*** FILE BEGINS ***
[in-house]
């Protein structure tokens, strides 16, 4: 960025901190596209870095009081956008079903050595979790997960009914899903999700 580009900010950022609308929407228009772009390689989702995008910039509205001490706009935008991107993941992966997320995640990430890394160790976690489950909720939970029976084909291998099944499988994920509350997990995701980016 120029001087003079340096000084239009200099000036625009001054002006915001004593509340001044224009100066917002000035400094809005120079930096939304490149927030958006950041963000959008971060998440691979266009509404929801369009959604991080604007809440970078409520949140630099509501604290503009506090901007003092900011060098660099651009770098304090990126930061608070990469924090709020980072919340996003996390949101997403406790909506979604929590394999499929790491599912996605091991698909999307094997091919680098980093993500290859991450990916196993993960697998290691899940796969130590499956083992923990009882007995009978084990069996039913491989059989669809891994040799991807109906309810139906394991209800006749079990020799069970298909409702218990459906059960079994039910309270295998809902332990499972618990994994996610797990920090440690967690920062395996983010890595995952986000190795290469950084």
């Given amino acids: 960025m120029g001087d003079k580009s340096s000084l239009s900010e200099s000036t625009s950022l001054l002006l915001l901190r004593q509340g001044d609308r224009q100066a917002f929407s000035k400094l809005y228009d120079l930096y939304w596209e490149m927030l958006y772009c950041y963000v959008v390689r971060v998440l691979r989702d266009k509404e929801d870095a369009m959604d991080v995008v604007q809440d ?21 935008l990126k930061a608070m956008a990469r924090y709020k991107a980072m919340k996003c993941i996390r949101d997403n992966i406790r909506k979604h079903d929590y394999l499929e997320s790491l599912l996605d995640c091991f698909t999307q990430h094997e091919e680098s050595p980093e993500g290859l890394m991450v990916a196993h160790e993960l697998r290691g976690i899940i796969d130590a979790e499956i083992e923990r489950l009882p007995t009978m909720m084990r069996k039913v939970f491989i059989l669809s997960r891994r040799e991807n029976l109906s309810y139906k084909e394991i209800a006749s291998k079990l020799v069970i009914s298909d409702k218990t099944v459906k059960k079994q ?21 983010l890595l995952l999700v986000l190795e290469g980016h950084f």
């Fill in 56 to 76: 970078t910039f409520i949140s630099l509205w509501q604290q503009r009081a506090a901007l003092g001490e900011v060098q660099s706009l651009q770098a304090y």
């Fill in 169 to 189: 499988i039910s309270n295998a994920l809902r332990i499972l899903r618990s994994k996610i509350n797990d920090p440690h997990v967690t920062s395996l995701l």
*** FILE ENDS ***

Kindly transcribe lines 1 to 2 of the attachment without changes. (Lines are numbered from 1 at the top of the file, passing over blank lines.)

[in-house]
């Protein structure tokens, strides 16, 4: 960025901190596209870095009081956008079903050595979790997960009914899903999700 580009900010950022609308929407228009772009390689989702995008910039509205001490706009935008991107993941992966997320995640990430890394160790976690489950909720939970029976084909291998099944499988994920509350997990995701980016 120029001087003079340096000084239009200099000036625009001054002006915001004593509340001044224009100066917002000035400094809005120079930096939304490149927030958006950041963000959008971060998440691979266009509404929801369009959604991080604007809440970078409520949140630099509501604290503009506090901007003092900011060098660099651009770098304090990126930061608070990469924090709020980072919340996003996390949101997403406790909506979604929590394999499929790491599912996605091991698909999307094997091919680098980093993500290859991450990916196993993960697998290691899940796969130590499956083992923990009882007995009978084990069996039913491989059989669809891994040799991807109906309810139906394991209800006749079990020799069970298909409702218990459906059960079994039910309270295998809902332990499972618990994994996610797990920090440690967690920062395996983010890595995952986000190795290469950084």